• The SynMat UL7 pad has not yet proven to be as warm as I had hoped it would be. Despite that the SynMat UL7’s R-value is just below the NeoAir’s R-Value (3.1* vs 3.2), I just haven’t found that the warmth of these pads are even close to the same. I have taken my NeoAir’s down to 20 F on several occasions, with no other pad, and been fine. However, with my SynMat UL7, I noticed that my backside was getting cool at temperatures near 30 F! I was hoping for quite a bit more warmth from this pad, but so far it just doesn’t seem to stack up to my NeoAir’s when it comes to warmth. And in turn, that makes the extra weight of the pad a little harder for me to swallow, not to mention, the less durable material and smaller useable area, and so on…

While I do find the Exped SynMat UL7 pad to be a nice pad, I can’t say (at least for now…) that it is the best option, for me anyway. In my findings so far, my SynMat UL7 has come up short in just about every aspect when compared to my XLite. At this point, the XLite has proven to be a warmer pad than the SynMat UL7, weighs less than the SynMat UL7 despite its overall larger size, is built from slightly more durable materials, doesn’t bottom out so easily, and it works well with my pillow set-up. Considering these things, the XLite will easily remain to be my go-to pad when I am expecting temperatures below freezing. The SynMat UL7 will still likely get occasional use from me (mostly because it is a rectangular shaped pad), but likely not too often. More than likely, it will instead end up being the pad my son or wife uses when they come backpacking with me…

P1050451So, by this point, some folks may be shaking their head at my findings… But I hope that you can see that I am not saying the SynMat UL7 is not a good pad. Exped makes some great products, and this is indeed one of them, however, I feel like it is still a step behind the XLite (even if it is just a small step). I think if Exped could squeeze a little extra warmth into this pad, without adding any weight or cutting any corners, it would be an even better pad, and for sure one that I would want in my pack.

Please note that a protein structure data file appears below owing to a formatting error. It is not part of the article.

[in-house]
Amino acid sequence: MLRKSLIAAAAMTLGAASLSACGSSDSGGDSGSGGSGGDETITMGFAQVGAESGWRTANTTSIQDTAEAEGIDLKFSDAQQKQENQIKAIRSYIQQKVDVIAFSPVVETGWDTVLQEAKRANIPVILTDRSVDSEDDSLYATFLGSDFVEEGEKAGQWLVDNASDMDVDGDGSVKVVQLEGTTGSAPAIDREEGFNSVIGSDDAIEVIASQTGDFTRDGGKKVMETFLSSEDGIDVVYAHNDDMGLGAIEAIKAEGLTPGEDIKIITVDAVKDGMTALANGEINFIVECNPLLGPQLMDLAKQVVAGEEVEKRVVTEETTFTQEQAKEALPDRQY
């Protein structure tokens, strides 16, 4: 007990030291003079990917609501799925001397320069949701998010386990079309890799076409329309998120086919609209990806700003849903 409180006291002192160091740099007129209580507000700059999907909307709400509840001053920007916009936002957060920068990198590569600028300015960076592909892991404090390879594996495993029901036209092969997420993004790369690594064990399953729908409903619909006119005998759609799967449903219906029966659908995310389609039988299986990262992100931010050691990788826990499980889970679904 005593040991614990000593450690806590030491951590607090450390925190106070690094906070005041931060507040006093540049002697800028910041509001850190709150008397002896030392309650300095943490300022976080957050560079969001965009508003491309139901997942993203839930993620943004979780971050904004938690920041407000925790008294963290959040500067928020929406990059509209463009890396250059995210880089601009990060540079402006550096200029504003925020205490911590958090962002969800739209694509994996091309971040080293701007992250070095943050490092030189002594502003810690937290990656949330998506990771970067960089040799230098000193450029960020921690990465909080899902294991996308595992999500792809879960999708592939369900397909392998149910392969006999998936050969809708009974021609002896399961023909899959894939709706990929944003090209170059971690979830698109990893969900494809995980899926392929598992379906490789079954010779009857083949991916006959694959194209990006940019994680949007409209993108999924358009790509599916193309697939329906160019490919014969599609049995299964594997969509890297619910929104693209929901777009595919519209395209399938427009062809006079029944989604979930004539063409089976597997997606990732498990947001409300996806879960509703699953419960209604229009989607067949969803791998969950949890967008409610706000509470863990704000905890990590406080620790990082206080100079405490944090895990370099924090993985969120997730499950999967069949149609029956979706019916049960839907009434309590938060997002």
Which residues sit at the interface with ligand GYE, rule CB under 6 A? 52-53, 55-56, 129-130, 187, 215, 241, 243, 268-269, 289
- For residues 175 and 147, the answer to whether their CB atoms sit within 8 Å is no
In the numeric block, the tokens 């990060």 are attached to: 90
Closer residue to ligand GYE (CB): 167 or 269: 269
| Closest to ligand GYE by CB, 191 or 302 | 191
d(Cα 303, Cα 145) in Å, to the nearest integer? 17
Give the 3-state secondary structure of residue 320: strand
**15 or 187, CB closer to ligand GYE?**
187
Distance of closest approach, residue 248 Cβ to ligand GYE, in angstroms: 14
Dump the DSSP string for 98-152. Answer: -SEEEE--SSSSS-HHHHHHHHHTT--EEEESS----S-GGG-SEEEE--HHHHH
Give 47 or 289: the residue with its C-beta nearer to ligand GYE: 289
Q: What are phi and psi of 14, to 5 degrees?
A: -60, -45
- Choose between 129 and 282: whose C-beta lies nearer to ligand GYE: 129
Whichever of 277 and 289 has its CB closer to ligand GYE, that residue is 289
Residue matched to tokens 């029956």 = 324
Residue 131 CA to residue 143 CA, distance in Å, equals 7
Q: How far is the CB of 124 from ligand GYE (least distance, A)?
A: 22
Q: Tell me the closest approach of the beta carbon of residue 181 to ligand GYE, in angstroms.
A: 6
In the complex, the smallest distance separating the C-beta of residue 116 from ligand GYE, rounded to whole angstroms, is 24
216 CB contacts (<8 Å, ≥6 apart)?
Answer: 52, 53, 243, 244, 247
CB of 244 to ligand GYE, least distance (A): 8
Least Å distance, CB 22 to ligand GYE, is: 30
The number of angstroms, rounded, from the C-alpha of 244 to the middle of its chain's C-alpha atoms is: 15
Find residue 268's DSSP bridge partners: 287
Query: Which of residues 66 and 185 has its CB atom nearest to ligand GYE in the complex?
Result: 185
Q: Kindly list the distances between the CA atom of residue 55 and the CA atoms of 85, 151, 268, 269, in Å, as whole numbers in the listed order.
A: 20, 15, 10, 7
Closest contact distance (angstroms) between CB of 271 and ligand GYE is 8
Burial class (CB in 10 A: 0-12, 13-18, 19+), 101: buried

Also worth noting, Exped has already introduced their new pads for this year… One of them being the SynMat WinterLite pad, which according to the listed specs increases the R-Value to 4.9, and even drops the weight to 14.3 oz (for a size M), however, they have done the same silly thing that Thermarest did by actually cutting corners on the pad… For me, the mummy cut is a turn off. Also worth mentioning, the SynMat HyperLite pad lists’ a 3.3 R-Value and comes in at only 12.3 oz (size M), but again, they cut the corners on this pad too, so it’s not really an option… Although I do like the weight… And then there is the DownMat Lite 5, which is a rectangular cut pad, has a more durable 75D shell and a listed R-Value of 4.1, but at the listed weight of 21.7 oz (size M), I feel it is a bit too much weight for the slight warmth increase…

So, there it is… My thoughts thus far, on the SynMat UL7 pad. I can say that I am glad that I have this pad, and I don’t regret that the cost of the pad came out of my bank account at all. And even though it isn’t quite stacking up to what I had hoped it would be, it does still have 2 big things going for it: it is a comfortable pad, and it’s got the right cut and dimensions! For these reasons, I do not regret the purchase, and will even choose to use it again… sometime. So, if anything changes, I will be sure to update my findings… and until then, thanks for stopping by!

~Stick~

Disclaimer: As I mentioned, my wife bought this pad for me for Christmas. I am not associated with Exped, nor am I being paid to write this review. The statements in this review are of my own opinion, which I formed after personally using the pad.

* The R-Value for the SynMat UL7 pad is listed at 3.3 on the Exped website, however, the packaging that came with my exact SynMat UL7 pad had a R-Value of 3.1 listed. I contacted Exped via email in December of 2014 about this discrepancy and their reply was as follows:

Hi Chad,

Thank you for your email.

Congratulations on your new mat! The R-Value listed on your mat is the correct R-Value for your specific mat. Our product managers tend to weigh and also test for R-Value for every single product run of our mats. This often leads to our specs changing slightly throughout the course of the year which, we do admit can cause confusion and is something we are working on changing going forward.

If you have any other questions, please let me know.